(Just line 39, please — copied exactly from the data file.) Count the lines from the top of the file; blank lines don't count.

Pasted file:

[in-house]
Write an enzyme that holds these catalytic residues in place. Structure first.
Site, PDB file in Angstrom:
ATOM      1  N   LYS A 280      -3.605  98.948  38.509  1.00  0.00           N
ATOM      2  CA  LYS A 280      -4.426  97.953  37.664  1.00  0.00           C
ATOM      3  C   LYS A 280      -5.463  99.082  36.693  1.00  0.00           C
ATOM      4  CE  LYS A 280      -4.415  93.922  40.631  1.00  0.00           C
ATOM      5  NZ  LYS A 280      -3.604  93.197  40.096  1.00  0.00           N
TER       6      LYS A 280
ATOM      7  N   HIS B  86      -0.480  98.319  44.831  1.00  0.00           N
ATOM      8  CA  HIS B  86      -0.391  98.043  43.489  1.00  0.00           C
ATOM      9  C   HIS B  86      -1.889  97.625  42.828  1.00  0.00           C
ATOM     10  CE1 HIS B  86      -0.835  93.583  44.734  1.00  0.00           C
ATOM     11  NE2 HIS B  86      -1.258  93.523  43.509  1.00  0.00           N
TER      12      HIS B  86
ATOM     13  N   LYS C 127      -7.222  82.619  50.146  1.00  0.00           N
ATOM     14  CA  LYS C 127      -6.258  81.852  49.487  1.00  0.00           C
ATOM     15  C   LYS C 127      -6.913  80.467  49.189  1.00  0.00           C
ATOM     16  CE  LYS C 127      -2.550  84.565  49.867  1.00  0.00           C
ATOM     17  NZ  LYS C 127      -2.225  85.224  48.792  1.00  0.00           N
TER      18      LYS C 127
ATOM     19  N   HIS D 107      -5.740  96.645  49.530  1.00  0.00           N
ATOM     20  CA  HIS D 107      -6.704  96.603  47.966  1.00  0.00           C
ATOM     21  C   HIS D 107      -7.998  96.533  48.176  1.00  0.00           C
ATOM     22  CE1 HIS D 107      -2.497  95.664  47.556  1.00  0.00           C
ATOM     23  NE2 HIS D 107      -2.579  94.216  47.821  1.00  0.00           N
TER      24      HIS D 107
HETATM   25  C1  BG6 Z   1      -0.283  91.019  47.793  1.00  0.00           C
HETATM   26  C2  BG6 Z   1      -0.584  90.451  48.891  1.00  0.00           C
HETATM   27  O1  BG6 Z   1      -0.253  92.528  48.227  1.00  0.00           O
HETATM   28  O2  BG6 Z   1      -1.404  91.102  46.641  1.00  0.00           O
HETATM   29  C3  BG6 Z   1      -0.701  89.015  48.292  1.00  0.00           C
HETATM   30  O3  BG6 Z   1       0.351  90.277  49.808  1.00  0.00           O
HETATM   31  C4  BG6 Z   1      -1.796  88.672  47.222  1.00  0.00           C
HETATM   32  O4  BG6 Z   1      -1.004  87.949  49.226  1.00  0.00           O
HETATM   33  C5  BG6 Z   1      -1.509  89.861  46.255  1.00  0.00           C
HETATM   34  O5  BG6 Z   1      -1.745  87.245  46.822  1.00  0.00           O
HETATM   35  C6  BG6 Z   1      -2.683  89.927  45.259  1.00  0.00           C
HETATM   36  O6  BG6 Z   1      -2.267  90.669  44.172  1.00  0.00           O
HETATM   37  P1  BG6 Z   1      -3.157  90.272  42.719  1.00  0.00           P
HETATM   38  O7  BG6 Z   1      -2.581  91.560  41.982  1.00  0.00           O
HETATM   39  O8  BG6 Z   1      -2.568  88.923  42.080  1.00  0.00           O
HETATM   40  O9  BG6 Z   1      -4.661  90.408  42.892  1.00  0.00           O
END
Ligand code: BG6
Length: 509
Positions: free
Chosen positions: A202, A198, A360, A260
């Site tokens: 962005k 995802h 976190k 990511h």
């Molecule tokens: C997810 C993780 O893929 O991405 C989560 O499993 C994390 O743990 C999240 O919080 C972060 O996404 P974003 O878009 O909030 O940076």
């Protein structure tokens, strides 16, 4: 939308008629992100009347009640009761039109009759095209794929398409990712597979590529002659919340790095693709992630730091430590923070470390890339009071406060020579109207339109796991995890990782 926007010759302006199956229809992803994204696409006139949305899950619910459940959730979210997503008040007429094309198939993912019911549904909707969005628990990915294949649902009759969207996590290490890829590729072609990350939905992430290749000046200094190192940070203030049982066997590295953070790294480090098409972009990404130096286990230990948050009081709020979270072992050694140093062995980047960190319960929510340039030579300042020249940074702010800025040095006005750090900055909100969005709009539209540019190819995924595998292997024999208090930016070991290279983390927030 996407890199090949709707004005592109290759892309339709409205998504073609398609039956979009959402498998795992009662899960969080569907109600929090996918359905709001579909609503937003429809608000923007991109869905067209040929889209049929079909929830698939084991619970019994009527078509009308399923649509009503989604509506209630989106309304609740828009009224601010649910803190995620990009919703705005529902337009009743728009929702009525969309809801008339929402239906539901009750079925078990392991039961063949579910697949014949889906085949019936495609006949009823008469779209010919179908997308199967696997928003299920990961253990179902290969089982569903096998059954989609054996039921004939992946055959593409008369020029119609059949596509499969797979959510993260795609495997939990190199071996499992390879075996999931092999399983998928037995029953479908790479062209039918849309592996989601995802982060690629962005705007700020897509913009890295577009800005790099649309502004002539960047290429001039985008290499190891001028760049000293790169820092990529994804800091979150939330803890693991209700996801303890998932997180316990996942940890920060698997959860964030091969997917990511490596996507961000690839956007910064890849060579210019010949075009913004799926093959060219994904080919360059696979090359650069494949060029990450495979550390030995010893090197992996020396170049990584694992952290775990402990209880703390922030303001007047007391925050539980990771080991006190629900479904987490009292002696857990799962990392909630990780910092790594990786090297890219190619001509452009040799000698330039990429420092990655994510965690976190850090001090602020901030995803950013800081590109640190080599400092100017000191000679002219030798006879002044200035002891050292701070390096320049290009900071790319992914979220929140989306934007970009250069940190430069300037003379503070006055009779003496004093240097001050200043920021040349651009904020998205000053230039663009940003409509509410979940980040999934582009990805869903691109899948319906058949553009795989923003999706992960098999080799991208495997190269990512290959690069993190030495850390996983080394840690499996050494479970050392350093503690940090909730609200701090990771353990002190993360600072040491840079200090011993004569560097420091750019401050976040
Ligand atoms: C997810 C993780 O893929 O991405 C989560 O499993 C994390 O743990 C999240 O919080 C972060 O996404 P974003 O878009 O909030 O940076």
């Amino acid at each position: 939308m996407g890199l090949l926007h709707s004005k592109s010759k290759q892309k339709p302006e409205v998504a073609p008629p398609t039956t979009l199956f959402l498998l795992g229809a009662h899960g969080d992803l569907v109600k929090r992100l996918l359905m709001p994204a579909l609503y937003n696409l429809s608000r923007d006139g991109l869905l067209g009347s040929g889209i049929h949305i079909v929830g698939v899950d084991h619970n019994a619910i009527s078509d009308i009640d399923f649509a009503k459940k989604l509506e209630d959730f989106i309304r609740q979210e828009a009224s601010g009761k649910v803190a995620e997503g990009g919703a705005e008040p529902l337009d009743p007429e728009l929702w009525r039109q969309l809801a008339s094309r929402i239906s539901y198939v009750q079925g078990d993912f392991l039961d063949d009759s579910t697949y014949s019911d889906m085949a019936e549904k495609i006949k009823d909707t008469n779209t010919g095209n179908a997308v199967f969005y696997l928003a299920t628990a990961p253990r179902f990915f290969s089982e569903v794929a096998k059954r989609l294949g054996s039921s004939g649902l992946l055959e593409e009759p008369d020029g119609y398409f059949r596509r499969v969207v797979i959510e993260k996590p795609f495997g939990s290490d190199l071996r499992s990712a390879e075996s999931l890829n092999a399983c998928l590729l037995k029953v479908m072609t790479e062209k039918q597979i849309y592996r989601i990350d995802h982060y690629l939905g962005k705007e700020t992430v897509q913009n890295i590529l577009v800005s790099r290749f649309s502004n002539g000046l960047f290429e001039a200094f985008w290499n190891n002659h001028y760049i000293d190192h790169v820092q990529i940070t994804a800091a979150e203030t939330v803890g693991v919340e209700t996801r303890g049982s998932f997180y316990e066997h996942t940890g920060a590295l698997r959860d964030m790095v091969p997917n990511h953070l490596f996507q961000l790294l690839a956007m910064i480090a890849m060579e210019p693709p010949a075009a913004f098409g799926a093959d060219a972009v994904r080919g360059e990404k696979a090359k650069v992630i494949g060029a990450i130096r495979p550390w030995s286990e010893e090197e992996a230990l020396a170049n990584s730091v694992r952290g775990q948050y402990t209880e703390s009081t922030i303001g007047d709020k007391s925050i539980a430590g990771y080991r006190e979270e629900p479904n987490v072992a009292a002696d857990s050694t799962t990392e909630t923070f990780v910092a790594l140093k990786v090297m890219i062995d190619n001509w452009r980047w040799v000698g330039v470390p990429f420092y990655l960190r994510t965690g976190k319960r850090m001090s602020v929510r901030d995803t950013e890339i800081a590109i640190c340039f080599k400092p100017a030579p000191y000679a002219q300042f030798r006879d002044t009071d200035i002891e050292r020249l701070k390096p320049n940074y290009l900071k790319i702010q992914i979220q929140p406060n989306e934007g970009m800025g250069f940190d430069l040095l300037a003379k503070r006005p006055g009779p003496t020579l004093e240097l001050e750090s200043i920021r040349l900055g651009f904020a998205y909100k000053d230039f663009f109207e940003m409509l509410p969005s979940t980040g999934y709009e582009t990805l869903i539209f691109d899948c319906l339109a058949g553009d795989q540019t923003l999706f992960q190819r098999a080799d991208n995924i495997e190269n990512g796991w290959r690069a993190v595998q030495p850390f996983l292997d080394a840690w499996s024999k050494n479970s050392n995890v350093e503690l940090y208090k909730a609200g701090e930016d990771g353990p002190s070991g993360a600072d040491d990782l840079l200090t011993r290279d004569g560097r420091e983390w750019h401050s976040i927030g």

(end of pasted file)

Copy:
HETATM   36  O6  BG6 Z   1      -2.267  90.669  44.172  1.00  0.00           O